Happy 2019! Do you have high hopes for change? We are only a few days in and some of you are already upset that you have fallen short of a New Year’s resolution. Others are thinking, it’s time to make this year different. But if change is on your mind, you need to be aware of something important that will determine your success.
Change is a process for most of us. It happens when we are motivated internally. Oh yes, we can know in our heads that change is needed. We can have good intentions. We can feel pressure from those around us. But our success only comes if we are in the right stage of change. Consider these stages and determine where you honestly are in the change process. This stages were developed by Prochaska and DiClemente in 1983 and are very accurate in predicting how well people will change because they get at your motivation. Without motivation, it is hard to make changes and stick to them.
Determine where you might be with a New Year’s resolution you made. Are you really ready both mentally and behaviorally? If you aren’t ready for ACTION, you could fail and need to look at what is blocking you from being successful.
1) Precontemplation-This is the first stage of change. You may not be ready to even tackle something others think you need to do. You have not given it much thought. It’s barely on your radar. And when you are completely honest, you think, “This is not that big of a problem. For example, you may need to stop smoking but think, “Hey my dad smoked and lived to be 80. I don’t think it is a big deal.” If you don’t see a behavior as a problem, don’t put it on your change list. Instead, begin to explore why others think you should change. Are there reasons to make changes and are you in denial?
2) Contemplation–This is where most New Year resolutions fail. You know something in your life needs to be different. For example, you need to drop those 20 pounds and you are thinking about it. But you are not completely convinced down deep. You can see positive reason to change, but then also see a number of reasons not to make a change. Make a list of pros and cons. For example, I like to eat and don’t want to deprive myself of food (PRO). But I feel bad when I can’t fit into my clothes (CON). Part of the work is to have the PROs outweigh the CONs. Again, you have to be honest. People don’t easily give up bad habits because they like some of the benefits of those habits.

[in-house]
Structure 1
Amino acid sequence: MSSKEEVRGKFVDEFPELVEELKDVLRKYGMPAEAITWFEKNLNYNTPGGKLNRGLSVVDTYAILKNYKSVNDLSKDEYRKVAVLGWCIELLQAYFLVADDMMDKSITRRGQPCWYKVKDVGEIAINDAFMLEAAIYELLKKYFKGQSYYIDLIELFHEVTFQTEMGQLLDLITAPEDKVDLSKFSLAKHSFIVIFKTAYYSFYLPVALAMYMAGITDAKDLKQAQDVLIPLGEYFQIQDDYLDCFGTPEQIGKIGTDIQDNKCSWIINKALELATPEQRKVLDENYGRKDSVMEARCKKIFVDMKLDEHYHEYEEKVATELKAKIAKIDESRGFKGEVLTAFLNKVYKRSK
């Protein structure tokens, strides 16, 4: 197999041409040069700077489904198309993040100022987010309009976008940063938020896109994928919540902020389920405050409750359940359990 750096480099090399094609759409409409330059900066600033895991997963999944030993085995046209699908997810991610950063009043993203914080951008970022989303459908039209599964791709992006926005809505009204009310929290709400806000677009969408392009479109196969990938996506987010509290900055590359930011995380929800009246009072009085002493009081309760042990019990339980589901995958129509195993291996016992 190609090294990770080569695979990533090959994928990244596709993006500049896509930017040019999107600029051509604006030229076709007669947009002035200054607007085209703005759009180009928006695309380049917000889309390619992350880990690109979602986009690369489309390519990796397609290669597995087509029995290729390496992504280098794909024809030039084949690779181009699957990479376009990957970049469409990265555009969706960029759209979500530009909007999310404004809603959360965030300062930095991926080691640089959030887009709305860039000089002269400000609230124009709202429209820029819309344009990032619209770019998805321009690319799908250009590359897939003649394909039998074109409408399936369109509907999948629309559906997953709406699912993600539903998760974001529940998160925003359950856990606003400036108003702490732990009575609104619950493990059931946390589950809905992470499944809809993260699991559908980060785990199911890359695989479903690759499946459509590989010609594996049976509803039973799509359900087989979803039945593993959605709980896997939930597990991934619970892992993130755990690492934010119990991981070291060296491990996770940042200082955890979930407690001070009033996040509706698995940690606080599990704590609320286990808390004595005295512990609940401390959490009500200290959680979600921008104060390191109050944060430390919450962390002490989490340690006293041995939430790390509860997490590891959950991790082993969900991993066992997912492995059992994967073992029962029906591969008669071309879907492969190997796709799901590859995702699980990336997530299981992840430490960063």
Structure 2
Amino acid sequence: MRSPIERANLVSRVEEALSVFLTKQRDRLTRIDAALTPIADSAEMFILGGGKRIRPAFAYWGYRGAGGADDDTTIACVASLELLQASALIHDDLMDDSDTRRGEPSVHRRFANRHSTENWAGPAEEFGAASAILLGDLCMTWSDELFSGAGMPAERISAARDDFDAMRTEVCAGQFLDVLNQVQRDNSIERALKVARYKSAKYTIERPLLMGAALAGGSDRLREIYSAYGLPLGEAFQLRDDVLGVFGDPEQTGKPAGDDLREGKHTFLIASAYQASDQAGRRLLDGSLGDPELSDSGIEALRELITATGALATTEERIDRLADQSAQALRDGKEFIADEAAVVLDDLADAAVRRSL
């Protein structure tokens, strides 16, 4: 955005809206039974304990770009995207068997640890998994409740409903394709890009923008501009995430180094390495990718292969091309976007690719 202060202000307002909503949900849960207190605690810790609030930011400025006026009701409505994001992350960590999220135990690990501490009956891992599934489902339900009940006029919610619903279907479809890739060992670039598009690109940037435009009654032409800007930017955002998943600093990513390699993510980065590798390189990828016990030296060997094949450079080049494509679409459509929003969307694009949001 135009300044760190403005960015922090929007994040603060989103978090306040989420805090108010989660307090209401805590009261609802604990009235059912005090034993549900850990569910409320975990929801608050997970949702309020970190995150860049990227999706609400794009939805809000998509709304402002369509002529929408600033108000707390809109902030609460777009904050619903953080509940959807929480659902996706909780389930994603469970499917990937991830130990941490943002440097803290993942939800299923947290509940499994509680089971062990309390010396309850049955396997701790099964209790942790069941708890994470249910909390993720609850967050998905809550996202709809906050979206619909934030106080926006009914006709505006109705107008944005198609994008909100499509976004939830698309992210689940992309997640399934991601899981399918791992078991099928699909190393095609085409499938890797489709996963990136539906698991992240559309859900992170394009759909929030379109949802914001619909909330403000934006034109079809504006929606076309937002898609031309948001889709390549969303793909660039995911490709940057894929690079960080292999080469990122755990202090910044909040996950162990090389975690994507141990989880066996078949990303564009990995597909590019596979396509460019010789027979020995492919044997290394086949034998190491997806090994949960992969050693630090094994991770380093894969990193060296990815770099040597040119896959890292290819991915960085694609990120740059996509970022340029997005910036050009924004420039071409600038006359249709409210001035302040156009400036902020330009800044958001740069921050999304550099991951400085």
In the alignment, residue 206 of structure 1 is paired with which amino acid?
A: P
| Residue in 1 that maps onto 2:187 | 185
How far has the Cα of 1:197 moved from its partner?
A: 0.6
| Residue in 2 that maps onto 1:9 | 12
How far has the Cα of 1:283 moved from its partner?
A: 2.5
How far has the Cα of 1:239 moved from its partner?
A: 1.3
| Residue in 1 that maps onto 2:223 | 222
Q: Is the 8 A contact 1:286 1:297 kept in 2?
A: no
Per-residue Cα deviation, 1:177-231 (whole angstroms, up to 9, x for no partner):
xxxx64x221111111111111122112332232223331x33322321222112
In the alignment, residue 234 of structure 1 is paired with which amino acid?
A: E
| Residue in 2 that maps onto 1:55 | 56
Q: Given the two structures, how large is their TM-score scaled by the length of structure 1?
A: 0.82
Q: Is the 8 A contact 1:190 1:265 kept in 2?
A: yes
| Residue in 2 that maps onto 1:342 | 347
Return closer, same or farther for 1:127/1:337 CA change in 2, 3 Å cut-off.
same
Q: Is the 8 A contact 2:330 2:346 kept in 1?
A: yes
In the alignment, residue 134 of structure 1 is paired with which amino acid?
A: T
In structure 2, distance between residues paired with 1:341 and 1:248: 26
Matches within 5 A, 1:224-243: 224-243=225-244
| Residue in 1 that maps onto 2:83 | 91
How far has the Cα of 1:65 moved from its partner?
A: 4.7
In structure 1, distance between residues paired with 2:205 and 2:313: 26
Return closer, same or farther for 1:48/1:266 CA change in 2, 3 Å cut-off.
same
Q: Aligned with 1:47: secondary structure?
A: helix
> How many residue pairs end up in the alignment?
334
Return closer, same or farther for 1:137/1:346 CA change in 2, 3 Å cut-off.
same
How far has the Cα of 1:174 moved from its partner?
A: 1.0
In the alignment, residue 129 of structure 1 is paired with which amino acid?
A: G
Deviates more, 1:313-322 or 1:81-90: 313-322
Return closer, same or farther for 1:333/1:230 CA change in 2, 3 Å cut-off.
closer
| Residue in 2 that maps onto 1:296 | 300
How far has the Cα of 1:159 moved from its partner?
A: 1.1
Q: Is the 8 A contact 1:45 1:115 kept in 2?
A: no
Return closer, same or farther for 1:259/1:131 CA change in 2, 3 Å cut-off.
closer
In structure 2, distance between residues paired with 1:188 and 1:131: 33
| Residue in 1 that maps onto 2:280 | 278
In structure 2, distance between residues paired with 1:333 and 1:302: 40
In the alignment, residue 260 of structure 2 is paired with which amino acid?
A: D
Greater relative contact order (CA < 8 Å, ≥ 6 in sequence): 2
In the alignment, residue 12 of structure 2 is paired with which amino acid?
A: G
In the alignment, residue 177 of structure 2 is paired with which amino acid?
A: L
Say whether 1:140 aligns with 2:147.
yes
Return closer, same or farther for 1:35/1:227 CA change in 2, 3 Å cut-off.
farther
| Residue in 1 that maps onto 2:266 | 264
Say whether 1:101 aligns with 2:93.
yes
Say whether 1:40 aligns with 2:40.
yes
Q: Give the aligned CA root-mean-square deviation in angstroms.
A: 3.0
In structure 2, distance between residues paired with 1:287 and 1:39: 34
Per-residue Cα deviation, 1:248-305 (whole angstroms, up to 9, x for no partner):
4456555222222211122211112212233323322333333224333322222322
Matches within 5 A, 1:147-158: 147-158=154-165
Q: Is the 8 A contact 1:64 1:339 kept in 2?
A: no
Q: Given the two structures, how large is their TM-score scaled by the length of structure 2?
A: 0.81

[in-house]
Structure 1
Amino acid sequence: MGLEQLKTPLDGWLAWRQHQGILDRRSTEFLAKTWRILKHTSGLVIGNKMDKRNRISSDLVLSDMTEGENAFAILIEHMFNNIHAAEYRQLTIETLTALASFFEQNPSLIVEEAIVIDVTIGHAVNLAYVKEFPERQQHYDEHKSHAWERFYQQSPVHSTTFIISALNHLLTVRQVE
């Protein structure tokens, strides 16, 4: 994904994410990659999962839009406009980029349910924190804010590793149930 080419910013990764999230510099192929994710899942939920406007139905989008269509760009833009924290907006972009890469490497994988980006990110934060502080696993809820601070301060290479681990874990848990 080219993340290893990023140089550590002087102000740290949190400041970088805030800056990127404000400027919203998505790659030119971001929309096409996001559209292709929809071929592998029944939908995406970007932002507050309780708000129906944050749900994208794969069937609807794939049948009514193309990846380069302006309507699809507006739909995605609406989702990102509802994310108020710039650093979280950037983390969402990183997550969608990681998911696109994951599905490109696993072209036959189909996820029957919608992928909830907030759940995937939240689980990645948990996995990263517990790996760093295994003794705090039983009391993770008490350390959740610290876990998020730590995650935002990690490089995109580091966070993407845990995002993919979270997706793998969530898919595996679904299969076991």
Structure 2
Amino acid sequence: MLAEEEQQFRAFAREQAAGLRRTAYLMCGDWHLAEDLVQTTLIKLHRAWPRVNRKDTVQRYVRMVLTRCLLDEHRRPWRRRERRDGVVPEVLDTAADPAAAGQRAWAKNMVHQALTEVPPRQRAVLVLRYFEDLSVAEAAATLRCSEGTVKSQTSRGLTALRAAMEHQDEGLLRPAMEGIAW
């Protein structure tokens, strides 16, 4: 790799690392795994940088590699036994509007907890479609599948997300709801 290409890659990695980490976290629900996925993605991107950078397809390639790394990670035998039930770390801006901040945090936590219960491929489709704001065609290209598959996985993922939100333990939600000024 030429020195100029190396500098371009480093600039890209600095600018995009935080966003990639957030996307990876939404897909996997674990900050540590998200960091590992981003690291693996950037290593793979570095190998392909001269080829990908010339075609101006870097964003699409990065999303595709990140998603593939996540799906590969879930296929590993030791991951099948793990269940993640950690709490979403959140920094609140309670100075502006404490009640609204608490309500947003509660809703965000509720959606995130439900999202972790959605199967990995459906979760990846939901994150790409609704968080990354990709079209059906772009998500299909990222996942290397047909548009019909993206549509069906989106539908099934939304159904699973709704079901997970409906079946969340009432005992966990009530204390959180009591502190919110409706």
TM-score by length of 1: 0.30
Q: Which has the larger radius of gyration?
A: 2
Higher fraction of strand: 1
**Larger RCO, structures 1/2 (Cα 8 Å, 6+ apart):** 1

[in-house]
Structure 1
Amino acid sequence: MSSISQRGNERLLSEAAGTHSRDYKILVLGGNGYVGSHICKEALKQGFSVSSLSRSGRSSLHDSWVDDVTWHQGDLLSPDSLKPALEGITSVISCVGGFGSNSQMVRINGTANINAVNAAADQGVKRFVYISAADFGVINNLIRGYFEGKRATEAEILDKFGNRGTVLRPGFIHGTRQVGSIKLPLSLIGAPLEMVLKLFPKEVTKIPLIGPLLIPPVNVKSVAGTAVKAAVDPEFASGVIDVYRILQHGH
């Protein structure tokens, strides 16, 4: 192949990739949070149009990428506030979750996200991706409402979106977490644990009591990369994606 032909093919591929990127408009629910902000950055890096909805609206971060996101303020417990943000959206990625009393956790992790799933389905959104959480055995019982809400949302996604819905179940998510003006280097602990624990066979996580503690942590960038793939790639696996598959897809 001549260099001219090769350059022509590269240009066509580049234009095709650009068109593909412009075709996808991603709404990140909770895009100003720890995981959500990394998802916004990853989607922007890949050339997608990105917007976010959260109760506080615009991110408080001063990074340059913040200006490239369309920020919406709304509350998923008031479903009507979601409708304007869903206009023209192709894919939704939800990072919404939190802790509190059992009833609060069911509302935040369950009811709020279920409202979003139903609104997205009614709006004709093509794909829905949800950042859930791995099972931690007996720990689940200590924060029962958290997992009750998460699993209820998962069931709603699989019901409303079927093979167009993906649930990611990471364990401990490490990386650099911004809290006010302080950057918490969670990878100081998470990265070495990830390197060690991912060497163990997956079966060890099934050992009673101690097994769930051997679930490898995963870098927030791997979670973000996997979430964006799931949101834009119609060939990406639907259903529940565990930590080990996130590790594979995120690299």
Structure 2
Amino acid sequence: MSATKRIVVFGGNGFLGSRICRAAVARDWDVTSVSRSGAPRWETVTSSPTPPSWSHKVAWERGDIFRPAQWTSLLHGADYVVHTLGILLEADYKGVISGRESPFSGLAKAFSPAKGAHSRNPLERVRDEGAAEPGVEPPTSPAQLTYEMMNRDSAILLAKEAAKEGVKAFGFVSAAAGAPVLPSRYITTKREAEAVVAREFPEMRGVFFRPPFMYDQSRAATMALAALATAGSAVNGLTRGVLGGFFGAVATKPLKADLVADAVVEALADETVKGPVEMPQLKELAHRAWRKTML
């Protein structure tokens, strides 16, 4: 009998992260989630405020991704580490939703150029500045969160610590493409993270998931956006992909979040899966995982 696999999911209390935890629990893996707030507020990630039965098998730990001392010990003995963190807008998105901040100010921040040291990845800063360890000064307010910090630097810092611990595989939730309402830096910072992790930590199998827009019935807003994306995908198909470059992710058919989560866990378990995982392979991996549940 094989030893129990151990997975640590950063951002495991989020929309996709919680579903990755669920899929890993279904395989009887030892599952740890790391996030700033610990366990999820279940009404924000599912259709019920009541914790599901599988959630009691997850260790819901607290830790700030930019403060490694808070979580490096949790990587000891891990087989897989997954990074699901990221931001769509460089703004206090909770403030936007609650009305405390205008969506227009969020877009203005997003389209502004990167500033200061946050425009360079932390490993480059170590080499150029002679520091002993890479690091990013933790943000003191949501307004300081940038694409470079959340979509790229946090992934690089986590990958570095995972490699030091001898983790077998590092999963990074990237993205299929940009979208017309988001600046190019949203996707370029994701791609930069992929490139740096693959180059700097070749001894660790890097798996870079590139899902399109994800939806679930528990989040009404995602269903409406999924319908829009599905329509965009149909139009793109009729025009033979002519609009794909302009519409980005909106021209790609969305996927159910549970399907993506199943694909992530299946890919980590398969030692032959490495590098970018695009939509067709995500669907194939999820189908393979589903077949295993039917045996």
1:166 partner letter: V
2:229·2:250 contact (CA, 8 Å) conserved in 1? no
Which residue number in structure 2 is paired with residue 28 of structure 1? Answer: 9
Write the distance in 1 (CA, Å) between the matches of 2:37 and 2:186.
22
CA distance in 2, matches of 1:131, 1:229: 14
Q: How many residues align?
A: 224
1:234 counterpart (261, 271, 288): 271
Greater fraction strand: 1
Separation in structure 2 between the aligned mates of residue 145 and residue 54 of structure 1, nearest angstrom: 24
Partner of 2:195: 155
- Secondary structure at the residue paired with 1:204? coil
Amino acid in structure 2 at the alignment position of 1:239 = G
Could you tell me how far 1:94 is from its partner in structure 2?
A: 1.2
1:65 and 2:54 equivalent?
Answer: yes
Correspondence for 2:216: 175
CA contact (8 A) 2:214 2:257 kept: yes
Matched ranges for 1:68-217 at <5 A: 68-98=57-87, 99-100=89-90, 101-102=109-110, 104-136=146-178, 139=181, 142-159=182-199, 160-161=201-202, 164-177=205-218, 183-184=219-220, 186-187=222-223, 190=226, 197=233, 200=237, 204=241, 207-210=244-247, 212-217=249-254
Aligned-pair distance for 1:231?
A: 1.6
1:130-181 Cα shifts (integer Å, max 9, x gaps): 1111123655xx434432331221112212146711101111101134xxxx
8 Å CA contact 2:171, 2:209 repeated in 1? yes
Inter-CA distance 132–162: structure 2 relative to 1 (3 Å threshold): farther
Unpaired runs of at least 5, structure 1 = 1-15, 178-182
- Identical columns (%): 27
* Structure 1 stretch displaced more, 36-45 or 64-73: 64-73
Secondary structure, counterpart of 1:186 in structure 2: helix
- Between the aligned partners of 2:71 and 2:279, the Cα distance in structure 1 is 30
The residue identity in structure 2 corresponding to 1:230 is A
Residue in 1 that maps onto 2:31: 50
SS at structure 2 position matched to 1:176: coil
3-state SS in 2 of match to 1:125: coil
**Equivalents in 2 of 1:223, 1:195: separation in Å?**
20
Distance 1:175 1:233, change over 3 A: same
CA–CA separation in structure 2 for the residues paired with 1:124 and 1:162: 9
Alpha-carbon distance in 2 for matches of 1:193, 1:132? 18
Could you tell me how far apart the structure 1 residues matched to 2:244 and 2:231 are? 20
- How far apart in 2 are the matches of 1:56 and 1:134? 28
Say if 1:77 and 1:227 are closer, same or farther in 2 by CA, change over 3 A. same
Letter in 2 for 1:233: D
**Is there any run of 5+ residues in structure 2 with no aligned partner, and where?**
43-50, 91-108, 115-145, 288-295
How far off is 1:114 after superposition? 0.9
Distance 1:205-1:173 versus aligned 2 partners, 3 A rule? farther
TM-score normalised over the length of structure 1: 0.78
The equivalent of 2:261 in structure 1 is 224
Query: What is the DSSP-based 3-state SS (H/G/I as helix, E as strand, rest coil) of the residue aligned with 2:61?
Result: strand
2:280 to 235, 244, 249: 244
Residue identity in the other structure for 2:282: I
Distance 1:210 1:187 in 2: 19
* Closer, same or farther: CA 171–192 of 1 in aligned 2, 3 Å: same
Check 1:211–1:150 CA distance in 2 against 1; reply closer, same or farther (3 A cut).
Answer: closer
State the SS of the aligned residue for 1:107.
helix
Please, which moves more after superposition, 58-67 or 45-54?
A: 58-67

3) Preparation–Once you feel the PROs outweighs the CONs, it is time to stop thinking and start acting. This means you’ve got to be intentional and develop ways to make changes that are small, behavioral and attainable. And this means thinking about the barriers to change and how you can overcome them. One patient I worked with really wanted to stop drinking, but she lived behind a liquor store. She decided if she was going to be successful at her goal, she would need to move. Seeing that liquor store everyday out her window was too tempting. Now, you may not need to do something as dramatic as moving, but figure out what blocks your change efforts and make preparations to overcome those obstacles.
5) Maintenance/Relapse–This is probably the most difficult part of change. Think about this applied to weight loss. Most of us know what to do to lose weight, but keeping it off means preventing relapse and understanding WHY we do what we do. Otherwise, we revert to old behavior. We tend to do what is comfortable, not always the best for us. So if you’ve dropped a few pounds, start thinking about what it will take to keep those pounds off. Will you need to address emotional eating? Will you need to go to a gym or find an exercise partner? Will you need to modify food portions? etc. Maintenance means keeping the change going despite the difficulties. If you relapse, look at the barriers to change again. What is getting in your way that you didn’t anticipate? Fix those obstacles and try again.
If you are not at the ACTION phase, a New Year’s resolution will feel like one more failed attempt that had good intentions behind it. If have already failed, regroup, review what is involved in change and ask yourself, “Am I ready to commit to the process?” Are there still too many PROs and CONs for me to change? If you find yourself in Contemplation, you have more work to do to move yourself forward. Go back and wrestle with your motivation until you see more benefit to change than staying where you are.